That's all for now, but be sure to come back next week for another update. Until then, feel free to visit our IRC channel and our public forums to discuss this update and other news.


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08.06.2009 02:00 GMT



Hello and welcome back to another update of Forgotten Hope. Today we have more amazing things, as we are showing the renders of the new German player models. In our next release, we will have as many as 14 new German player models; one model for each class, both regular and camouflaged.

First, we will take a look at the Heer player models. The Heer is the German name for the army. It is often confused with the Wehrmacht, which is the armed forces as a whole (the Heer, Luftwaffe and Kriegsmarine together). All these models were made by Zero.

The state of the German Heer in Normandy differed greatly per division. Many divisions, especially the ones occupying the bunkers on the beaches, were static divisions. Their strength was often only two-thirds that of regular divisions and would not have any means of transport. They were first raised in 1942 and in the two years that followed, its 'best' troops were sent to the eastern front and replaced by so-called 'Osttruppen'. These were former Soviet or Polish prisoners of war who chose to enter the German army, rather than being sent to concentration camps. Most of the German troops in these divisions were either quite old or really young.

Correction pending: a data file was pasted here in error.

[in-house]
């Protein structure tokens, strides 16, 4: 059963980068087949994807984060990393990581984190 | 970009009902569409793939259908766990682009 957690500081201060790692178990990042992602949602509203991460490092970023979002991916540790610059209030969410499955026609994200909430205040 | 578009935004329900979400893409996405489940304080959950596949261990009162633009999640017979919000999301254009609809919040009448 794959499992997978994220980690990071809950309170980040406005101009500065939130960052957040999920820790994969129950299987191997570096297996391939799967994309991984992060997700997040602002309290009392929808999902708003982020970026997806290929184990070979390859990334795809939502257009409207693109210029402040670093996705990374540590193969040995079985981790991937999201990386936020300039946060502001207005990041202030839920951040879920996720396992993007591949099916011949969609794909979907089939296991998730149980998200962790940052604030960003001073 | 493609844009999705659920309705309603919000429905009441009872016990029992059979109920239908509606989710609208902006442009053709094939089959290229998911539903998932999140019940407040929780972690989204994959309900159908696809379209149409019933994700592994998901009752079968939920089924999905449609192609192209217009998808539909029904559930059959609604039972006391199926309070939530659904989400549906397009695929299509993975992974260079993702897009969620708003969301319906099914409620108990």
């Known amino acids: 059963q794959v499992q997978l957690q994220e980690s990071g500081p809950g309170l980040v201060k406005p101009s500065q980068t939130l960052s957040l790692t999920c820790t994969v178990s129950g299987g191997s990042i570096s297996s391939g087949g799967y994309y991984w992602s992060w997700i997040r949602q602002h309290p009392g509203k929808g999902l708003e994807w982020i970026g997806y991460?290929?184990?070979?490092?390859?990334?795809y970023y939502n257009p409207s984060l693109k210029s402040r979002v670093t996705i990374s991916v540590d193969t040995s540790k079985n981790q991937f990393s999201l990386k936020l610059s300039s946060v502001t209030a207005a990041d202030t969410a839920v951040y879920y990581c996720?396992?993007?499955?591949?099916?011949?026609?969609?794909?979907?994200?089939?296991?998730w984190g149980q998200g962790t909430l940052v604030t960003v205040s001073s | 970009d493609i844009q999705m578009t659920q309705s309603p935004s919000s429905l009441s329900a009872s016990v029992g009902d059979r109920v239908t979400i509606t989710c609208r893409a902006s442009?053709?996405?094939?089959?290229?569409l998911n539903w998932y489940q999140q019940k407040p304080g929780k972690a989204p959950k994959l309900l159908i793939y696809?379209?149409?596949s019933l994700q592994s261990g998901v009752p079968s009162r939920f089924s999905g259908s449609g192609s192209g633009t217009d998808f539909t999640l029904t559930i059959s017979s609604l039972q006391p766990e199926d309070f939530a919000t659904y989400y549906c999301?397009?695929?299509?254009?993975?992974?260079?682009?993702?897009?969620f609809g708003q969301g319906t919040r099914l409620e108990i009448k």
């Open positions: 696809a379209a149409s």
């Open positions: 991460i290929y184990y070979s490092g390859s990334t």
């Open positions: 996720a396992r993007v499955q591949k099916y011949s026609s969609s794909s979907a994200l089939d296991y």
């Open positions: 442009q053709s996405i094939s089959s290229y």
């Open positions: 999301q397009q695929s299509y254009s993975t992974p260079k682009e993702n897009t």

Other, regular divisions, such as the 21st Panzer Division, also had to cope with the needs of the Eastern Front. It was formed mainly of troops returning from Russia, who had already been turned down once or twice by other divisions who were in need of more soldiers. Most of its tanks were Panzer IVs, but it also fielded many converted French tanks.

On the other side of the spectrum, we have the Panzer Lehr Division. It was especially formed in anticipation of the allied invasion and it was made up of the best units in Germany. All of its infantry regiments were fully mechanised (equipped with half-tracks) and most of its tanks were Panthers. It also had some 8 Tiger tanks and 5 Tiger II tanks.


Up next we have the camouflaged player models. These models were also made by Zero.

The use of camouflage in the German army began with the introduction of the Zeltbahn 31 - a sheet of canvas that could be used both as a tent and as a poncho. Much later, in 1937, the Waffen-SS started experimenting with camouflaged uniforms. These few uniforms would be used up to 1942, which saw the introduction of camouflaged field caps and helmet-covers. In 1943, the first of the new full camouflaged uniforms appeared, which were produced with many different patterns. The dotted pattern you see on most of the player models is called the 'Erbsenmuster' or 'pea-pattern'.

That's all for now, but be sure to come back next week for another update. Until then, feel free to visit our IRC channel and our public forums to discuss this update and other news.